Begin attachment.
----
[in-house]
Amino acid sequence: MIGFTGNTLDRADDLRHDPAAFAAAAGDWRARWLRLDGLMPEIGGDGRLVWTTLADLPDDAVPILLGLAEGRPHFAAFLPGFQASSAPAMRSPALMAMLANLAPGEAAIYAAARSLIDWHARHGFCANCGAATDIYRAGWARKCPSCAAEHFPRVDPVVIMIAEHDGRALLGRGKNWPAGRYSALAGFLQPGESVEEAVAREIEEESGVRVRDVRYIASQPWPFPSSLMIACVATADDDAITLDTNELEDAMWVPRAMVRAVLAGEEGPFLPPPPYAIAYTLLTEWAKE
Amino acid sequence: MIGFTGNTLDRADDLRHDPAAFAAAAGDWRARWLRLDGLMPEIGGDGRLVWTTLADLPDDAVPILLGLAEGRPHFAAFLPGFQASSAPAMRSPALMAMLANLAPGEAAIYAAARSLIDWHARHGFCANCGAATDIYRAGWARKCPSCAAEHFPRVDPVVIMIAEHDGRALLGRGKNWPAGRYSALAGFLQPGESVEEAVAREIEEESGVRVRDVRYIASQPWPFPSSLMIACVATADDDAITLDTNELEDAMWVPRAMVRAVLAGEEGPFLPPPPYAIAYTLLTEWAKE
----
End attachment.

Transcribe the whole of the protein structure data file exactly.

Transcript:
[in-house]
Amino acid sequence: MIGFTGNTLDRADDLRHDPAAFAAAAGDWRARWLRLDGLMPEIGGDGRLVWTTLADLPDDAVPILLGLAEGRPHFAAFLPGFQASSAPAMRSPALMAMLANLAPGEAAIYAAARSLIDWHARHGFCANCGAATDIYRAGWARKCPSCAAEHFPRVDPVVIMIAEHDGRALLGRGKNWPAGRYSALAGFLQPGESVEEAVAREIEEESGVRVRDVRYIASQPWPFPSSLMIACVATADDDAITLDTNELEDAMWVPRAMVRAVLAGEEGPFLPPPPYAIAYTLLTEWAKE
Amino acid sequence: MIGFTGNTLDRADDLRHDPAAFAAAAGDWRARWLRLDGLMPEIGGDGRLVWTTLADLPDDAVPILLGLAEGRPHFAAFLPGFQASSAPAMRSPALMAMLANLAPGEAAIYAAARSLIDWHARHGFCANCGAATDIYRAGWARKCPSCAAEHFPRVDPVVIMIAEHDGRALLGRGKNWPAGRYSALAGFLQPGESVEEAVAREIEEESGVRVRDVRYIASQPWPFPSSLMIACVATADDDAITLDTNELEDAMWVPRAMVRAVLAGEEGPFLPPPPYAIAYTLLTEWAKE